Tuesday, October 27, 2020

Around The Court House and County News from 1924


Here is some interesting and informative items from the year 1924 from the archives of The Crittenden Press, from columns titled “Around The Court House and County Court News.”

The Honorable Judge E. Jeffery Travis presiding.

  • Jan. 11, 1924 – The regular session of the Crittenden Fiscal Court convened January 1 and was in session Tuesday and Wednesday, County Judge Travis, County Attorney Edward Stone, and all the Magistrates being present.
  • L.H. Franklin qualified as magistrate in the Union district, to succeed Charles LaRue whose term of office has expired.
  • The price for plow and team on the public roads of the county was set at $2.00 a day.
  • The windows, doors, casings, etc., of all the office buildings in the court house are undergoing a coat of paint, which adds greatly to their appearance.
  • County Clerk, L. E. Guess has issued marriage licenses to Walter Cook and Mrs. Harpye Herrin; Ernest Conyer and Miss Myra Frances Mitchell; Rob Brown and Miss Effie Campbell and Roy Herron and Miss Vera Belle East.
  • The county levy for all purposes was set at 50 cents on the $ 100, divided as follows: Road fun 30 cents, salaries and miscellaneous, 13 cents, pauper fund 7 cents.
  • Squire S. F. Peek and Constable Vernon Patton, of Dycusburg brought to Marion Wednesday morning a moonshine still which they turned over to the authorities here. The still consisted of a large copper tank, and other machinery necessary to the manufacture of moonshine liquor, including a fourteen-burned oil heater. The still was estimated to be of capacity sufficient to turn out from 50 to 60 gallons of moonshine a day. The still was unloaded Monday from the Steamer Grace Devers on the streets of Dycusburg, the river being too high for the boat to land at the Dycusburg landing. The shipping tag indicated that the outfit was from the Nation Metal Works of Paducah and was addressed to Jim Ferguson, Bulls Pasture, Tenn. The Dycusburg officials report that no reason is known why it should have been put off at that place. The court will decide what to do with it.
  • Jan. 18, 1924 – There are lots of things that our good friend, Judge E. Jeff Travis, possibly might be criticized for and about but we at least must compliment him on the stand he has taken for law enforcement. There probably has never been a county judge in this county that was more conscientious in his efforts along this line.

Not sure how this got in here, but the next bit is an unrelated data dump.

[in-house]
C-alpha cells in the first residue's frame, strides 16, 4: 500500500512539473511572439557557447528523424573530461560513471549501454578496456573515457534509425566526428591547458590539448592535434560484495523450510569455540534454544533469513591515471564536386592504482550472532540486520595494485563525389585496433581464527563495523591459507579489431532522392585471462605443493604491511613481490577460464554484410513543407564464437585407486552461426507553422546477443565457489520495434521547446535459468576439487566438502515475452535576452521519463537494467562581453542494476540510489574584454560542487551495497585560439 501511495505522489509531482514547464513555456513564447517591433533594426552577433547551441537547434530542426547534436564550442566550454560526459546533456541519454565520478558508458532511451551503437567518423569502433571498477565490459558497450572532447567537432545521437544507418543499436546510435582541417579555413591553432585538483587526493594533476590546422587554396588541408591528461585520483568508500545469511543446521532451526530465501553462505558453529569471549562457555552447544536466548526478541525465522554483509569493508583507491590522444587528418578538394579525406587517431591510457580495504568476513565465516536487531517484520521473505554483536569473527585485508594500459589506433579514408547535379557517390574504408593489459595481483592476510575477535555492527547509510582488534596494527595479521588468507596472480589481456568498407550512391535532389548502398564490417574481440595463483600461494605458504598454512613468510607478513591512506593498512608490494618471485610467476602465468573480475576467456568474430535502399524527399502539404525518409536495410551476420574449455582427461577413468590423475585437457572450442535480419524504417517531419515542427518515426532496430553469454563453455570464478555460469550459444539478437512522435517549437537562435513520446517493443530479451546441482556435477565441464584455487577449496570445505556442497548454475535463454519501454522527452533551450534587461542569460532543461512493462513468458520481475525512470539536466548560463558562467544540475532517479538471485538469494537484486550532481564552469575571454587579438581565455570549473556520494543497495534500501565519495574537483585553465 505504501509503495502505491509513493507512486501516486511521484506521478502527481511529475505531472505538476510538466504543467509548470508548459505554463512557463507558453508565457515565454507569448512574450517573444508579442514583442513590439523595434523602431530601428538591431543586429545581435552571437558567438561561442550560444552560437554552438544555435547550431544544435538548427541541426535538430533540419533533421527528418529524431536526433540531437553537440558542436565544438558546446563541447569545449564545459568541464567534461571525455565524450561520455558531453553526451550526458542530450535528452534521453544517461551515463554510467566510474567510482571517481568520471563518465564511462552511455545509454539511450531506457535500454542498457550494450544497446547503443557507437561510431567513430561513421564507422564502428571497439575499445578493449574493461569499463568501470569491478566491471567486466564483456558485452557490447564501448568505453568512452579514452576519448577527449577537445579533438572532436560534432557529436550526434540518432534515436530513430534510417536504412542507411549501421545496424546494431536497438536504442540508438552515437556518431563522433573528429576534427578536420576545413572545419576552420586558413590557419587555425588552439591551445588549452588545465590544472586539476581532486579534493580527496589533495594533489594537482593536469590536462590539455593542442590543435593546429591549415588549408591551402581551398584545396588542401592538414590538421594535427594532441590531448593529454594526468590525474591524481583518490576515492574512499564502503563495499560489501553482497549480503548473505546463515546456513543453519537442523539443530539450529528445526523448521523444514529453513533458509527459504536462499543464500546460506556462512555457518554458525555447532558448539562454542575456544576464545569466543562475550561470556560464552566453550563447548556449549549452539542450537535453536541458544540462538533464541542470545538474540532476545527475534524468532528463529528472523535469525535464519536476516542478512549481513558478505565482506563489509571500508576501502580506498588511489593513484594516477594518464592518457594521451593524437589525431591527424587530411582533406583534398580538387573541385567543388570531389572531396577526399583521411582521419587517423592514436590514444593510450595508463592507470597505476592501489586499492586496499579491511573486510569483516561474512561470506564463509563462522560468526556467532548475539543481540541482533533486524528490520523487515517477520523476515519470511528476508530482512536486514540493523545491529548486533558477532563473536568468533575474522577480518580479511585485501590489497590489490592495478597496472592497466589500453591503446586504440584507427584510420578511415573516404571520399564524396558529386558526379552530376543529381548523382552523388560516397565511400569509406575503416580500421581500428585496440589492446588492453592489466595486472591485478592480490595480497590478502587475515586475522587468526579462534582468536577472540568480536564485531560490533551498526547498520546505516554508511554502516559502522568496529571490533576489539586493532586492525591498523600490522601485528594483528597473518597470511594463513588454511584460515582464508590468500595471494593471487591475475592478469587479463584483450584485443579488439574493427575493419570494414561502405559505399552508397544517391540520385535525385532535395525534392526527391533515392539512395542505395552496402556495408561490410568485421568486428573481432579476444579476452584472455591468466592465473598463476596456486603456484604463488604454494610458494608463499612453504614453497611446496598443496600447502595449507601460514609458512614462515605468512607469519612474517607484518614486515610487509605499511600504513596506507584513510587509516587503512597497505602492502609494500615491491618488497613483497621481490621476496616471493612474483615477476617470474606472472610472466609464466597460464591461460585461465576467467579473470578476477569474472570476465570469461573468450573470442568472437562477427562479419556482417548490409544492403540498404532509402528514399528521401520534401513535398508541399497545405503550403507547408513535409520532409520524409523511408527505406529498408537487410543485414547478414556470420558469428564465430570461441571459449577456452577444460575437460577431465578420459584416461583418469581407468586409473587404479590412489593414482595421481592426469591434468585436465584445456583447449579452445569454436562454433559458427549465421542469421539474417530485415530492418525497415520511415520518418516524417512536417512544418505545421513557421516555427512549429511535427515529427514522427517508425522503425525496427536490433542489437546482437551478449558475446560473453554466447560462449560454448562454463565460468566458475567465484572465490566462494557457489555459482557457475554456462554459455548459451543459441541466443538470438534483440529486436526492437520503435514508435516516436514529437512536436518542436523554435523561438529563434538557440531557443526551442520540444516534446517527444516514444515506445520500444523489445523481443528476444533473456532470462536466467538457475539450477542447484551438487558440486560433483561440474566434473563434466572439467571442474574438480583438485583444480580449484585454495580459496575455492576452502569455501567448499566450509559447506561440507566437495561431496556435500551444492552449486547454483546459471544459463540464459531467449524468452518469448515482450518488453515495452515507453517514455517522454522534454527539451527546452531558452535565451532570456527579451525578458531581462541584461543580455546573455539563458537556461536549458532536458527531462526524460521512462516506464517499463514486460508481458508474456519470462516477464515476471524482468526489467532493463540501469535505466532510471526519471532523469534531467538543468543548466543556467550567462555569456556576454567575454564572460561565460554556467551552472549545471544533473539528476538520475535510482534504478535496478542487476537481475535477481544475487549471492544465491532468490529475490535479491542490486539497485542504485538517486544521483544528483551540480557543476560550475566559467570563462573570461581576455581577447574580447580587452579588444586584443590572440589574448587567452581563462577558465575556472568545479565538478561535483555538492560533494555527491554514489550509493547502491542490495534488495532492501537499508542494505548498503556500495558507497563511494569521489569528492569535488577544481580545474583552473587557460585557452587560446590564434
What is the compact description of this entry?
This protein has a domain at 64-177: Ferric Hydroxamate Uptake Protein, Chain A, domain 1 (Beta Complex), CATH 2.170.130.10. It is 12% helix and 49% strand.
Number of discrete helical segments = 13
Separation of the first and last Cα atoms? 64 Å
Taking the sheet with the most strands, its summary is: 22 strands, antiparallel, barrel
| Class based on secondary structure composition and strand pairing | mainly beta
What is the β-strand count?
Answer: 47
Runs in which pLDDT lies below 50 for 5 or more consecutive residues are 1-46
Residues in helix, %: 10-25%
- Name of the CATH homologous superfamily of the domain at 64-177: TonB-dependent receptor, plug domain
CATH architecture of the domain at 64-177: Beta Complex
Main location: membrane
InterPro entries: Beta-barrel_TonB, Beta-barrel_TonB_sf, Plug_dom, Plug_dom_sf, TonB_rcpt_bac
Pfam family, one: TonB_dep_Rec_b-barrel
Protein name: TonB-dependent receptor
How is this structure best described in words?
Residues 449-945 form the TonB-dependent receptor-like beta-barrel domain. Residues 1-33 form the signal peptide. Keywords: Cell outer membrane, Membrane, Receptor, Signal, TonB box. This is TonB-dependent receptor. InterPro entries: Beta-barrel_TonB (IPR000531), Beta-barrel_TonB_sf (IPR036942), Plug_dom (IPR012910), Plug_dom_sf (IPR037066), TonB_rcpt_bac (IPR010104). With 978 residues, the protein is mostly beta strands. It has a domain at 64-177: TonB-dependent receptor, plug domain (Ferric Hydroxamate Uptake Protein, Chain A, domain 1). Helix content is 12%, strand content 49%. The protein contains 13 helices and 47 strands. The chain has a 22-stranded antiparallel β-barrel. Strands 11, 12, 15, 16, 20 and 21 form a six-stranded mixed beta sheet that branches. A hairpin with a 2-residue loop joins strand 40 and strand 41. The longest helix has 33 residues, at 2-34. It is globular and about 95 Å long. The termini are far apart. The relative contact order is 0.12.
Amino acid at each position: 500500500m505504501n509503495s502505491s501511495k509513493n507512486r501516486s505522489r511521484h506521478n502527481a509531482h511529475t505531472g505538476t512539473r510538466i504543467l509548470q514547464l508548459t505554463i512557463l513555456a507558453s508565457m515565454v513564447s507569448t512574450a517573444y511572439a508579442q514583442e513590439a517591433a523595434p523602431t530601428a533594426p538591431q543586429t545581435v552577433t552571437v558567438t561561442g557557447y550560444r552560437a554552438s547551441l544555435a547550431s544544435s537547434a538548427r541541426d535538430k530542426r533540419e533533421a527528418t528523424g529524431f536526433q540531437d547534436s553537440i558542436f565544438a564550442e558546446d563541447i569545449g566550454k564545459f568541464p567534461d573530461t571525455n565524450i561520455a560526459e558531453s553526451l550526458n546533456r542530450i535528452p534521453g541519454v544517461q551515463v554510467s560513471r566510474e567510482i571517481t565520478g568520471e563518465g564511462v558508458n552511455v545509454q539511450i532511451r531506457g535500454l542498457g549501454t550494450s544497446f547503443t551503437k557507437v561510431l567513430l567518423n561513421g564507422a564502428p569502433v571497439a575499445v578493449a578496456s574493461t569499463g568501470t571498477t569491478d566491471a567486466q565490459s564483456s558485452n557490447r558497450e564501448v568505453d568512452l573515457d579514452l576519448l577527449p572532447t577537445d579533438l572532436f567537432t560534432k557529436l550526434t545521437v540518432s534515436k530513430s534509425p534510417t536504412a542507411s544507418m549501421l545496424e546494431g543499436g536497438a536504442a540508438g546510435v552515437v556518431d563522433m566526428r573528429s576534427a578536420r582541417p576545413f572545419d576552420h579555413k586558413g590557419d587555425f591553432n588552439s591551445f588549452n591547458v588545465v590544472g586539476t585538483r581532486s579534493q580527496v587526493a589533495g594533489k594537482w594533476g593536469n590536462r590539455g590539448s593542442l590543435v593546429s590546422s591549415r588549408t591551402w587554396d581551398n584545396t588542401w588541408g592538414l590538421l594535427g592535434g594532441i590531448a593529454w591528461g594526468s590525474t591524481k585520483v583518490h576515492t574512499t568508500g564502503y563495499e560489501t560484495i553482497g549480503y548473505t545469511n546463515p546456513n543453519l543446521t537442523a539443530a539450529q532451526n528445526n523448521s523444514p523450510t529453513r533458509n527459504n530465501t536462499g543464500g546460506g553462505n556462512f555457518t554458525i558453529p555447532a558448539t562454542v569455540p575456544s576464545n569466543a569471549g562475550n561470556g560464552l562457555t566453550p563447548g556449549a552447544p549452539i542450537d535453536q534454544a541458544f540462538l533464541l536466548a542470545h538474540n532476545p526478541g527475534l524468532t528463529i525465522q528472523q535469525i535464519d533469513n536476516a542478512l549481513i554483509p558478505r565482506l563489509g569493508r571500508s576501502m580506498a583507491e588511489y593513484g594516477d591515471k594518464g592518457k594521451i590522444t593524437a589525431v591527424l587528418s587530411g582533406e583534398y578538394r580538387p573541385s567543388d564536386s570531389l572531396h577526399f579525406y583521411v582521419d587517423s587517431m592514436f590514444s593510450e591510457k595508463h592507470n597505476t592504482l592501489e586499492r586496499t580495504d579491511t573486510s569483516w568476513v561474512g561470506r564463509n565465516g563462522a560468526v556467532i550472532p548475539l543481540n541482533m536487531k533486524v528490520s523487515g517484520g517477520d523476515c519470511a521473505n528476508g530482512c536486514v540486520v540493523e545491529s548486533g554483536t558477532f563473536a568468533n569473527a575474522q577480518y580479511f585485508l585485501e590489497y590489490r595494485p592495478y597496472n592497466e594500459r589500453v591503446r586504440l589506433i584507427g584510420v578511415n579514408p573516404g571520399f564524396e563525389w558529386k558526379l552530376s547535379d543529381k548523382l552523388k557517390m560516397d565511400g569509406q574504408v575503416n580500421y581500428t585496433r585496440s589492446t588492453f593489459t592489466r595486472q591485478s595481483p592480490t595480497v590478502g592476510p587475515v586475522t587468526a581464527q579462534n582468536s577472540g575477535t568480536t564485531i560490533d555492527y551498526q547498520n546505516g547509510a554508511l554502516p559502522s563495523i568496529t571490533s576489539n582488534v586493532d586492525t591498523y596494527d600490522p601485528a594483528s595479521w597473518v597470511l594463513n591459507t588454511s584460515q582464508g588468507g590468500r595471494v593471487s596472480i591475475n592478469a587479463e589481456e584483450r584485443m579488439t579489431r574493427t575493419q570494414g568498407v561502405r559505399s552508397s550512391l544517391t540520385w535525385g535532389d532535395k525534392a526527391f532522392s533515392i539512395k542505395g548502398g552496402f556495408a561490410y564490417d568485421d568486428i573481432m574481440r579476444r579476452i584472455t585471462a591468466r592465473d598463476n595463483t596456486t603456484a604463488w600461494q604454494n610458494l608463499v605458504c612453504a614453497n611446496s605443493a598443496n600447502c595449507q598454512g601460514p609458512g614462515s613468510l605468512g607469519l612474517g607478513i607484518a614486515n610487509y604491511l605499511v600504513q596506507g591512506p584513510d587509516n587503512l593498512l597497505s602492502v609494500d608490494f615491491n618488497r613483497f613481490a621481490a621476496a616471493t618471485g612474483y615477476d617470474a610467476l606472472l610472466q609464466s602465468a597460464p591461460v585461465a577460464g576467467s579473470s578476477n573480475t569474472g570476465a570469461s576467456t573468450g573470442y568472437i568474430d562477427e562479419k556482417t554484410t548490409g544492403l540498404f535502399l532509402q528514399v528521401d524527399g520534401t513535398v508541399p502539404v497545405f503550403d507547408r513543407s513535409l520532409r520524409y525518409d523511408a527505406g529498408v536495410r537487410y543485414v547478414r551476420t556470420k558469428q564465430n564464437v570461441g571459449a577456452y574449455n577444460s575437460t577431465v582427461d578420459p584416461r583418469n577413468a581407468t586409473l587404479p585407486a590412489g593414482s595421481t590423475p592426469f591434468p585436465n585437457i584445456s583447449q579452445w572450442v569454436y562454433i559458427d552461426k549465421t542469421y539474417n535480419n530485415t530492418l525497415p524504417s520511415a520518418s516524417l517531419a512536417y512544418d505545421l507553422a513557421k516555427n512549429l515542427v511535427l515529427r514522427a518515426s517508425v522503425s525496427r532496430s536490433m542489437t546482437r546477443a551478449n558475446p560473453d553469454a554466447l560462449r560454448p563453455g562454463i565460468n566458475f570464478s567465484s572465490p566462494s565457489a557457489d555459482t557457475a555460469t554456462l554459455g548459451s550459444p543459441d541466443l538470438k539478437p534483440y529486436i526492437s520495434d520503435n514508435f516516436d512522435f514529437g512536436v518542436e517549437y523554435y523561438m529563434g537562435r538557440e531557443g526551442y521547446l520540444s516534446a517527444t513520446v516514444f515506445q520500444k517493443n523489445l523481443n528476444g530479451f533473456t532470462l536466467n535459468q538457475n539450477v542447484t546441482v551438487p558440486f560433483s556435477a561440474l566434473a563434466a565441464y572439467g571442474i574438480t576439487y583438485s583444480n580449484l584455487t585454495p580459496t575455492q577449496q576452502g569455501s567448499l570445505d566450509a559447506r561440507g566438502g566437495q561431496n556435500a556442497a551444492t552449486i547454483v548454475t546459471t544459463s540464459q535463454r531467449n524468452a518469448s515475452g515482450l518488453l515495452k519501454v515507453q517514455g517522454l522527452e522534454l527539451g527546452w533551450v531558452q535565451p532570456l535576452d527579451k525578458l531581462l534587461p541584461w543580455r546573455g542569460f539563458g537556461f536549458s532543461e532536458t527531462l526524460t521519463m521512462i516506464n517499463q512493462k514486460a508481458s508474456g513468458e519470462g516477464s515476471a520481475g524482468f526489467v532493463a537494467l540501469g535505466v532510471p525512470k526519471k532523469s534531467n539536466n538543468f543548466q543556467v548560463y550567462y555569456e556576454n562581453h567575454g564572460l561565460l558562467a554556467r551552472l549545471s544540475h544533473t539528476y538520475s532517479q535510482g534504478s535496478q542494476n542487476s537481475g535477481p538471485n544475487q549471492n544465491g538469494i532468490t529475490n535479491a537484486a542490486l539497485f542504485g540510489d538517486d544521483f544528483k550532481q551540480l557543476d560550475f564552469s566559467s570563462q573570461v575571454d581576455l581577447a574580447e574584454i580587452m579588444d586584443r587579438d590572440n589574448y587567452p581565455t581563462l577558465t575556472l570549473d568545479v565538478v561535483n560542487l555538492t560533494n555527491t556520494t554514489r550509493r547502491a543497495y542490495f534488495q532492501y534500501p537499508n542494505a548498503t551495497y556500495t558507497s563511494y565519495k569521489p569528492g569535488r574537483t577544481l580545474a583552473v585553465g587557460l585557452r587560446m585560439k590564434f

• The will of Mrs. Tressa Lamb was filed for probate. Her nephew, Press McConnell, is sole beneficiary under the will and was made administrator of the state.
  • January 25, 1924 – According to the records in the office of County Clerk L. E. Guess there have been issued during the past year, 87 marriage licenses, while the records in the office of Circuit Clerk J E. Sullenger show that 29 couples have filed suit for divorce. These figures show that exactly two thirds of the couples in Crittenden County who marry stick, while the other third seek for the annulment. Cupid has it by a two thirds majority.
  • Out of more than 1,200 dogs assessed in Crittenden County the owners of only 67 of them have obtained dog license for the ensuring year, according to a report of County Clerk L. E. Guess. The law, says Mr. Guess, places a penalty of 20 percent on license after January 1, and when license are not paid, the dogs are at the disposal of the sheriff.
  • Of more than 600 automobiles and trucks owned by citizens of this county only the owners of 87 have paid their 1924 licenses. Mr. Guess attributes the delay on the part of auto owners to the many machines now in disuse owing to the bad condition of the roads.
  • The County Clerk has issued a marriage license to Mr. Steve Curry and Mrs. Mary Smith.
  • March 1924 – The Marion-Princeton road which was graded and prepared for surfacing last year will in all probability, be surfaced this season. W. R. Campbell, of Madisonville, has the contract to surface the road from Marion city limits to Livingston Creek. E. Champion has the contract to haul and put the surface on one and one fourth miles. Frazer and Son will surface the first two miles out of Marion. Mr. Campbell will have his headquarters at Crayne and will surface two miles in each direction from that place.
  • Work has begun on Dam No. 50 on the Ohio River, just above Fords Ferry in this county. The work of clearing off the land on which to erect the camp buildings was begun lat week, and actual construction will begin as soon as materials can be secured, which will be in a few days. The dam is being built by the United States Government as are the three other dams located on the lower Ohio at Uniontown, Golconda, and Brookport. The purpose of the dams is to insure a nine foot boating state in the river at all season of the year. This work will give employment to hundreds of men and four of five year time will be required for its completion. Mr. R. B. Tinsley is the superintendent in charge at Fords Ferry.
  • City Council News for March 14, 1924 – H. K. Bell, water engineer, was present and presented his final plans for a water system for Marion.

Monday, October 19, 2020

Lee Cruce, 2nd Governor of Oklahoma, born in Crittenden County, KY


Lee Cruce, the second governor of the young 4-year old state of Oklahoma, was born and raised in Crittenden County, near the small town of Crayneville. He was born July 8, 1863, to James W. and Jane (Hill) Cruce.

His story is an amazing one, one of adventure and ambition.

From the archives of the Crittenden Press it tells of Lee's activities.

Lee's early years were spent on the farm. His education was obtained in the common schools, with one year at Marion Academy. Deciding to qualify himself for the practice of law, he attended the law school of Vanderbilt University, at Nashville, but remained there only one year.

His law studies were completed in the office of his brother, Andrew Cavit Cruce, in Marion. He was admitted to the Kentucky Bar in 1887, but never practice until he moved to Ardmore, Indian Territory, Oklahoma. Andrew C., his brother, had moved his law practice to Oklahoma and Lee joined the firm when he moved there.

In the years 1888-1889 Lee was a member of the firm of Cruce Bros., and was selling goods at their family store in Crayneville. Lee could measure off a couple of yards of bleached domestic, wrap it up and make the change with lightning rapidity.